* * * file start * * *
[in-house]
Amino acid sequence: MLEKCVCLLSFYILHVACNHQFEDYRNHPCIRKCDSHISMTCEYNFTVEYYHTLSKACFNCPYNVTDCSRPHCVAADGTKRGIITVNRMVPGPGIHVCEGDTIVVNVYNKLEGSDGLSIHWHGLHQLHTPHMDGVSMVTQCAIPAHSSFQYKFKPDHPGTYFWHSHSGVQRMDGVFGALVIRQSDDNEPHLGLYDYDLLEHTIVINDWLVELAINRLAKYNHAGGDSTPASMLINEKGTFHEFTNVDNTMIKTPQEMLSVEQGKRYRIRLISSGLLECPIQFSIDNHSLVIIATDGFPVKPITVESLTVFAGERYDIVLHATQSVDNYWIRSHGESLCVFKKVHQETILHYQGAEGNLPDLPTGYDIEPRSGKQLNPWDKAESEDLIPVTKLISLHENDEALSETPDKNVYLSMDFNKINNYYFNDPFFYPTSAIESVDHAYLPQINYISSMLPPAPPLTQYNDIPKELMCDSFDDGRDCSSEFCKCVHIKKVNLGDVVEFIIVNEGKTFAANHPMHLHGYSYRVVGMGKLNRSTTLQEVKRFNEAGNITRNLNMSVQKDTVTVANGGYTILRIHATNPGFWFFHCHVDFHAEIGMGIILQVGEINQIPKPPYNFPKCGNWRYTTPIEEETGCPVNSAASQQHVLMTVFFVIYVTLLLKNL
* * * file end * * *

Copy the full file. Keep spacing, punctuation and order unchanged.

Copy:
[in-house]
Amino acid sequence: MLEKCVCLLSFYILHVACNHQFEDYRNHPCIRKCDSHISMTCEYNFTVEYYHTLSKACFNCPYNVTDCSRPHCVAADGTKRGIITVNRMVPGPGIHVCEGDTIVVNVYNKLEGSDGLSIHWHGLHQLHTPHMDGVSMVTQCAIPAHSSFQYKFKPDHPGTYFWHSHSGVQRMDGVFGALVIRQSDDNEPHLGLYDYDLLEHTIVINDWLVELAINRLAKYNHAGGDSTPASMLINEKGTFHEFTNVDNTMIKTPQEMLSVEQGKRYRIRLISSGLLECPIQFSIDNHSLVIIATDGFPVKPITVESLTVFAGERYDIVLHATQSVDNYWIRSHGESLCVFKKVHQETILHYQGAEGNLPDLPTGYDIEPRSGKQLNPWDKAESEDLIPVTKLISLHENDEALSETPDKNVYLSMDFNKINNYYFNDPFFYPTSAIESVDHAYLPQINYISSMLPPAPPLTQYNDIPKELMCDSFDDGRDCSSEFCKCVHIKKVNLGDVVEFIIVNEGKTFAANHPMHLHGYSYRVVGMGKLNRSTTLQEVKRFNEAGNITRNLNMSVQKDTVTVANGGYTILRIHATNPGFWFFHCHVDFHAEIGMGIILQVGEINQIPKPPYNFPKCGNWRYTTPIEEETGCPVNSAASQQHVLMTVFFVIYVTLLLKNL